A home for sloths and wild orchids
Protecting the most biodiverse primary rainforest on Earth
The Amazon rainforest is known for its biodiversity. It stretches out from Brazil's Atlantic coast all the way to the Andes in the West of the continent, making it the largest coherent rainforest of the planet. But even here, life in all its forms is not spread out evenly - there are true hotspots of biodiversity. The region of Madre de Dios in the southeast of Peru is not just a regular one of those hotspots. The rainforests in this area at the foot of the Andes are considered the most biodiverse place on Earth! Nowhere else has life developed in such diversity. You can observe about 10% of the world's bird species here, in one hectare of forest you can count up to 400 different species of trees, while there are only 140 native tree species in all of Canada, and the rivers of the Amazon basin carry more species of fish then all of the Atlantic Ocean from the South Pole to the Arctic, to name just a few examples.
Protection of primary tropical rainforest as a habitat for biodiversity and as a buffer against climate change
Wilderness International purchases titled lands. Together with local forest wardens, we secure the long-term protection of the wilderness areas.
Number of square meters purchased and permanently protected in the tropical Amazon rainforest in Madre de Dios, Peru.
We prevent the logging of the forest and the release of CO2. Additionally, we create a large coherent conservation area as a habitat for biodiversity.
The Amazon rainforest ecosystem is permanently protected and significantly contributes to a stable climate and the preservation of biodiversity.
According to the FAO, between 2015 and 2020,10 million hectares of tropical rainforest were lost every year, with the Amazon basin being affected most (FAO and UNEP 2020). Amazon Conservation (ACCA) estimates the loss of primary rainforest in the nine countries that are part of the Amazon region for 2020 to have been more than 2 million hectares, an area as large as the state of Israel. Peru holds a sad record placing third (Finer/Mamani 2020). The plants of the Amazon basin evapotranspirate 20 billion tons of water into the atmosphere every single day - that is 20 times the amount which evaporates over the ocean (Spitzer et al. 2004) - and thereby create the planet's largest fresh water stream! If the rainforest is lost, droughts will occur increasingly. As another consequence of clear-cutting and slash and burn, the soil erodes. The tropical rainforests also play a crucial role in maintaining a stable climate: On one hand, enormous amounts of carbon are stored in the forest's biomass. Releasing it will set free more CO2 than could ever be sequestered again on a time-scale relevant for humans (Spitzer et al. 2004). The older forests become, the greater will be their genetic diversity and the fertility of its living beings. This way, primary forests guarantee the survival of countless species. Whenever one species of plant dies out,10-30 species of animals usually die out with it because most organisms in the rainforest depend on each other (Spitzer et al. 2004).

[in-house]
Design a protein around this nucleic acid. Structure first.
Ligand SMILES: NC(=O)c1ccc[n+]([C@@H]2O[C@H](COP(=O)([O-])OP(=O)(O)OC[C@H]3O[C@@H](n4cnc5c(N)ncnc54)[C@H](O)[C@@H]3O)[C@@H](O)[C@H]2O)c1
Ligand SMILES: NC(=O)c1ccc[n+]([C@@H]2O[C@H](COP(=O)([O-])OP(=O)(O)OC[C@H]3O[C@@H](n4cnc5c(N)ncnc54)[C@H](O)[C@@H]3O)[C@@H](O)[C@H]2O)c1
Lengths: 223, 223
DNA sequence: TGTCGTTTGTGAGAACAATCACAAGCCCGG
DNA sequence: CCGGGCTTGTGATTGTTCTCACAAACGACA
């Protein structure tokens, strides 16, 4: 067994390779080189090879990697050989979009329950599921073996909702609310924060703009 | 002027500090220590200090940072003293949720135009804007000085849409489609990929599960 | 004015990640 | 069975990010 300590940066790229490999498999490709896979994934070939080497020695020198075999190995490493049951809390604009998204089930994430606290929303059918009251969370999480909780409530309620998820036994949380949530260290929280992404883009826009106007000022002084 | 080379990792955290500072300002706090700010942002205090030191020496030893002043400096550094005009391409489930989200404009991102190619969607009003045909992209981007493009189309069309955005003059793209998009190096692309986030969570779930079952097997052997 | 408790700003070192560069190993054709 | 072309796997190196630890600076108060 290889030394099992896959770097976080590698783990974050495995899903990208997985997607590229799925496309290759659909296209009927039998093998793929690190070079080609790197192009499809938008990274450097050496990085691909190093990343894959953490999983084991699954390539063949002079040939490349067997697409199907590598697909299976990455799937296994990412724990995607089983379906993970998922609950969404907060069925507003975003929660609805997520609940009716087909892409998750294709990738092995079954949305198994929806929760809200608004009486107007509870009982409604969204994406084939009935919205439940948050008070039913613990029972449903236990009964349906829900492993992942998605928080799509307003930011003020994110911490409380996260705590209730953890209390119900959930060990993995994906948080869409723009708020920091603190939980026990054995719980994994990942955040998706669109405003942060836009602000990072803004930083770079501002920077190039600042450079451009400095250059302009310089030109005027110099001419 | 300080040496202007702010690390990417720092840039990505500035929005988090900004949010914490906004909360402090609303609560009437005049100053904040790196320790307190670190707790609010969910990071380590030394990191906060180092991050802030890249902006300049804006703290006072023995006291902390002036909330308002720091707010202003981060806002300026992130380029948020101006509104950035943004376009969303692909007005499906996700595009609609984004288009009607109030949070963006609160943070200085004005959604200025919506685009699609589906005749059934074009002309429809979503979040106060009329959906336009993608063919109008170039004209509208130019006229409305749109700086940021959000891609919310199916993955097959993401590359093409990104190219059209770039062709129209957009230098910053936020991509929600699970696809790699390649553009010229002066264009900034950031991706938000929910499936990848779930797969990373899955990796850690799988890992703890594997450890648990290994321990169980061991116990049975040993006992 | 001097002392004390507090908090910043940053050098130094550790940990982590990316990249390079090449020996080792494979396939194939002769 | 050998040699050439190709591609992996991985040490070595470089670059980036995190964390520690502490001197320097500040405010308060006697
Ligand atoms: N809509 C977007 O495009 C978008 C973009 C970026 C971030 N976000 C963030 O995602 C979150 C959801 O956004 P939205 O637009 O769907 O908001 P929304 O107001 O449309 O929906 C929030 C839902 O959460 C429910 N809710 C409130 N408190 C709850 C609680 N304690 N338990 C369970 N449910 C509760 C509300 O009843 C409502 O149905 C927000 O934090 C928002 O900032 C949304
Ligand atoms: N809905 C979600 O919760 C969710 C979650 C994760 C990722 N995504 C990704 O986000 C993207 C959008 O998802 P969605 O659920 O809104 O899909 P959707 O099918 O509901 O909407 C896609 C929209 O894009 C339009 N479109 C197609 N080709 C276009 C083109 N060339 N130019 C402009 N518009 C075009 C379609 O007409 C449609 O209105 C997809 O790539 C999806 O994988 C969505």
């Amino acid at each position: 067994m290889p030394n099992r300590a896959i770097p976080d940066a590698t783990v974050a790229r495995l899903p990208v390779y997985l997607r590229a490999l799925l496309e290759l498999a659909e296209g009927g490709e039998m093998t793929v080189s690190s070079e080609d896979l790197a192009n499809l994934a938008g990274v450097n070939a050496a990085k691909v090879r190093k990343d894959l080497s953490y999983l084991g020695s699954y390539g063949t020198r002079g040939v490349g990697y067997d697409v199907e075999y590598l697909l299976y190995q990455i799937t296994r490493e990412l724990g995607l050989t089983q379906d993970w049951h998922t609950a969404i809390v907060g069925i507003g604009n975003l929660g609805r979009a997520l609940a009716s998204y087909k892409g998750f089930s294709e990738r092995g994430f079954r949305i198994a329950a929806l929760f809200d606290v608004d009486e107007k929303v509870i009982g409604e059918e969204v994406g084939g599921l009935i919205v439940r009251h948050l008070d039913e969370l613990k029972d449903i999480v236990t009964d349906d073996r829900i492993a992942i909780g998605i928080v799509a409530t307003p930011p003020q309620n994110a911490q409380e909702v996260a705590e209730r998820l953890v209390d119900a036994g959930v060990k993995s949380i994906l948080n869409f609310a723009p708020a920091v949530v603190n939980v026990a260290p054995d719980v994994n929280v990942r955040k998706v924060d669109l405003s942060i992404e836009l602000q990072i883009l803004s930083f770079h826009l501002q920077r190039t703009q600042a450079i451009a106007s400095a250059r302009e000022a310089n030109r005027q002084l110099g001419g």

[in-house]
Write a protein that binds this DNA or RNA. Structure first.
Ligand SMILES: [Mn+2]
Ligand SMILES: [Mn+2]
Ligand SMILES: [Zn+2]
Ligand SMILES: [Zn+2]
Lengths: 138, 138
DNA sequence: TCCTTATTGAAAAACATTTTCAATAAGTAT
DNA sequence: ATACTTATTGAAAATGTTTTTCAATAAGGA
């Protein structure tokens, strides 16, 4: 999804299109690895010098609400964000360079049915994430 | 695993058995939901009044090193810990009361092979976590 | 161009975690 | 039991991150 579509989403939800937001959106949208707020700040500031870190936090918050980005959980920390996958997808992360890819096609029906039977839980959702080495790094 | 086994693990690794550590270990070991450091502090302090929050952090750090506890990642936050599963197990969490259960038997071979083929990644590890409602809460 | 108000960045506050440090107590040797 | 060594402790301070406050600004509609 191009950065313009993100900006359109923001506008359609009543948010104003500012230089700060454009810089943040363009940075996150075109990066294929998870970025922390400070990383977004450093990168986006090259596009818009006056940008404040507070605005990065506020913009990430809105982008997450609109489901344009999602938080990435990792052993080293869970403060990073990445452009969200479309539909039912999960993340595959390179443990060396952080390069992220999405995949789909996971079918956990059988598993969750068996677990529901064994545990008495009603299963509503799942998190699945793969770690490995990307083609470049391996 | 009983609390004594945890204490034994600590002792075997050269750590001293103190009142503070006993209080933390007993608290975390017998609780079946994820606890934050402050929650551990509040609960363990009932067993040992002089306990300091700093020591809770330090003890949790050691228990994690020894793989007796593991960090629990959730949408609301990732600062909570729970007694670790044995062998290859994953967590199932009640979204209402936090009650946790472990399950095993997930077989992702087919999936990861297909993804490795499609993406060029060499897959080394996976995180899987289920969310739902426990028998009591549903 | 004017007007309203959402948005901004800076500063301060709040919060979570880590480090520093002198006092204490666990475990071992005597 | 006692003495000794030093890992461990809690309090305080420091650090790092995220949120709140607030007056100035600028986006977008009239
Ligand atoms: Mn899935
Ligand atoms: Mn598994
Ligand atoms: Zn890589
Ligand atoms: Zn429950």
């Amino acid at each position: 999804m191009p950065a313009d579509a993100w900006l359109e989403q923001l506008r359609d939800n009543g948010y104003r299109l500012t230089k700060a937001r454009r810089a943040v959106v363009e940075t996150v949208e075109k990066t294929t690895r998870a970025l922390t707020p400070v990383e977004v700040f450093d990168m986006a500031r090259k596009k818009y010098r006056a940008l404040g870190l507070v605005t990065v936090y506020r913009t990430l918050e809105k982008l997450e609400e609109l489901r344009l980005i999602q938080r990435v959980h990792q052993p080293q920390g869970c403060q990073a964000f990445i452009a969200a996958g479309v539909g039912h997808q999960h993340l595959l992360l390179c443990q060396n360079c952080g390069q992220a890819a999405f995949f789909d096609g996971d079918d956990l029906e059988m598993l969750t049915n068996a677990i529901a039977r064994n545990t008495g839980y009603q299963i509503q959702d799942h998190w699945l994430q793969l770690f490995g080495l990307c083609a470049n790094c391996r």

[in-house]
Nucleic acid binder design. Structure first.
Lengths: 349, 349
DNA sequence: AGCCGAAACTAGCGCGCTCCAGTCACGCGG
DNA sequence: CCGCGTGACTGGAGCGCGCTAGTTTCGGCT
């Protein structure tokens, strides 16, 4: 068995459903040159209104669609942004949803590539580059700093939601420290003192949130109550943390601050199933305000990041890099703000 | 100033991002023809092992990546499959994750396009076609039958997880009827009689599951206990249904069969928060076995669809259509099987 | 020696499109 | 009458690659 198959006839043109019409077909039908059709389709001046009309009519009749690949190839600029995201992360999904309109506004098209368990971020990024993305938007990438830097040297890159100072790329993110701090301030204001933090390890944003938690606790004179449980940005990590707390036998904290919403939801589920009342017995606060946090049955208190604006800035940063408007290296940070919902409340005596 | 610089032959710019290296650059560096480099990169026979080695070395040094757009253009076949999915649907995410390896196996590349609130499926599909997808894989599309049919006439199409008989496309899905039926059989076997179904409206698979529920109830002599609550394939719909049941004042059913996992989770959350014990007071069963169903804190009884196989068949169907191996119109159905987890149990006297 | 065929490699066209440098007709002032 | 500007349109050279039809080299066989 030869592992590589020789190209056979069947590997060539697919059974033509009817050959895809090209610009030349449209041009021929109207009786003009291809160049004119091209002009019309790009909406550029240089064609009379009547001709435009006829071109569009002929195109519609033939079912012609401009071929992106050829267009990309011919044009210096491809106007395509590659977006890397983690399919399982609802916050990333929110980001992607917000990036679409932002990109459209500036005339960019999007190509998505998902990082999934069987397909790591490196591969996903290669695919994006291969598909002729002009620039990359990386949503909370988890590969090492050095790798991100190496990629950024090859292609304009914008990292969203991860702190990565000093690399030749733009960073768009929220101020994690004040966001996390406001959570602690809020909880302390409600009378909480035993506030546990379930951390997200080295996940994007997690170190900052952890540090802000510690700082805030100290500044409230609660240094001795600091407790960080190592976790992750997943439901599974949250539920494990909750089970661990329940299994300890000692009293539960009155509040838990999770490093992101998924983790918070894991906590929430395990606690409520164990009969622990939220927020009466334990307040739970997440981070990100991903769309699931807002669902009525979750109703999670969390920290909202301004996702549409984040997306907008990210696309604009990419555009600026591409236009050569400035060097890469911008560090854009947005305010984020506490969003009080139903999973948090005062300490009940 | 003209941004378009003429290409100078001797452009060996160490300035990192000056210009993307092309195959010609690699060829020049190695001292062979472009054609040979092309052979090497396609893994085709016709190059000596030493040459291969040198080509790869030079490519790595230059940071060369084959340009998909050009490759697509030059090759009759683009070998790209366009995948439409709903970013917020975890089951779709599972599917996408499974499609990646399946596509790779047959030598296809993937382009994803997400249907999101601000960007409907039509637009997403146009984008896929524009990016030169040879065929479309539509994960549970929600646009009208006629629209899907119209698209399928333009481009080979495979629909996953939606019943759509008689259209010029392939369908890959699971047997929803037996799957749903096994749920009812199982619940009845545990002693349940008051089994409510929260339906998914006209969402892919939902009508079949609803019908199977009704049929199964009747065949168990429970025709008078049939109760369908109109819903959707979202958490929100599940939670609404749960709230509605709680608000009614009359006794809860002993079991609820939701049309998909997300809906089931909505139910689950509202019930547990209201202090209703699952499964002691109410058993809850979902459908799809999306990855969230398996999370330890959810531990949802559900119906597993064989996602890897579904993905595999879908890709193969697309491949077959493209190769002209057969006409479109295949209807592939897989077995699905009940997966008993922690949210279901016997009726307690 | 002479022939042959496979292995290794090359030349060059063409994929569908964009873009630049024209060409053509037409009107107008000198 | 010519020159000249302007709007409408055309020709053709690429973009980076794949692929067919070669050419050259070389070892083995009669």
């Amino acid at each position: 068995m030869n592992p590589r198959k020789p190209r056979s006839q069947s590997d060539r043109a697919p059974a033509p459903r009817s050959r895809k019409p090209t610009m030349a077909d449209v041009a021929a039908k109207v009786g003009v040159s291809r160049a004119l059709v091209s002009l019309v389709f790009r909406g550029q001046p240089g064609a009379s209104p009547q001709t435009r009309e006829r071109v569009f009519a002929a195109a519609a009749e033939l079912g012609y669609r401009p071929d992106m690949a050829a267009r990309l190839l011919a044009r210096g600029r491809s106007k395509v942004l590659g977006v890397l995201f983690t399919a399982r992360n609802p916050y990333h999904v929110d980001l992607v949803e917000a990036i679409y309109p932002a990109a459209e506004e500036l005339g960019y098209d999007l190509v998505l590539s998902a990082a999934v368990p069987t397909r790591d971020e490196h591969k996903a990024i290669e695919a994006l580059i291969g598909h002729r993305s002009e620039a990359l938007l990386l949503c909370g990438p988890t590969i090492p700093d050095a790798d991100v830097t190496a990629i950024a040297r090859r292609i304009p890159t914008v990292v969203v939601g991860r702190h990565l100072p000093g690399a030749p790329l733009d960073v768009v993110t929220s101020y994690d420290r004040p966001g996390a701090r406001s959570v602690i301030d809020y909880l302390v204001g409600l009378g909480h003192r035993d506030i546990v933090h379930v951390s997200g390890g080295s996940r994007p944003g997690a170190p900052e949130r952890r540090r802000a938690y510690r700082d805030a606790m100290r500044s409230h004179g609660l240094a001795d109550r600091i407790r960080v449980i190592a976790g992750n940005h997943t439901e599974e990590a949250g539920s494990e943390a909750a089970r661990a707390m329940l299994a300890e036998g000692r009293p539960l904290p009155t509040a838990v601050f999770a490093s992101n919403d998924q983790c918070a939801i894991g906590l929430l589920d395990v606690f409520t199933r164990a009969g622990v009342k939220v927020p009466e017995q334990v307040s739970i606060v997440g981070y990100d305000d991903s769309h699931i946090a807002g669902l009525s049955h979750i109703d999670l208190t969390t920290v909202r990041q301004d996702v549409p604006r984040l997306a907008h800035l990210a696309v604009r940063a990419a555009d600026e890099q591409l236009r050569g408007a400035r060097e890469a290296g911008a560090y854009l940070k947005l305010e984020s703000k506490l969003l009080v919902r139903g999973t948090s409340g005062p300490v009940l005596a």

The good deed
Thanks to your good deed today, 1 square meter of tropical Amazon rainforest in Peru will be permanently protected! Thereby, we prevent its destruction through clear-cutting, agriculture or mining, and instead preserve a truly unique habitat: The ancient forests of the Peruvian Amazon are home to the greatest biodiversity on Earth, such as sedate sloths, playful monkeys and giant jungle trees, covered in liana and wild orchids! Added to that, your contribution is crucial for maintaining a stable climate because the giant trees and palm swamps of the rainforest store huge amounts of CO2. Wilderness International Canada purchases the wilderness areas and holds title for them together with our Peruvian and German sister foundations, providing legal security. Added to that, our forest warden project secures the long-term protection of the areas and involves the local people.
Near Puerto Maldonado along the Tambopata River, Tambopata province, Madre de Dios región. Lima is Perus capital.
Per Capita GDP
0.777 positioning it
out of 189 countries
Astonishing contrasts: world's driest climate on the coast and world's driest desert in the south vs. rainforests with up to 3800 mm of rainfall yearly; - more than 47 indigenous languages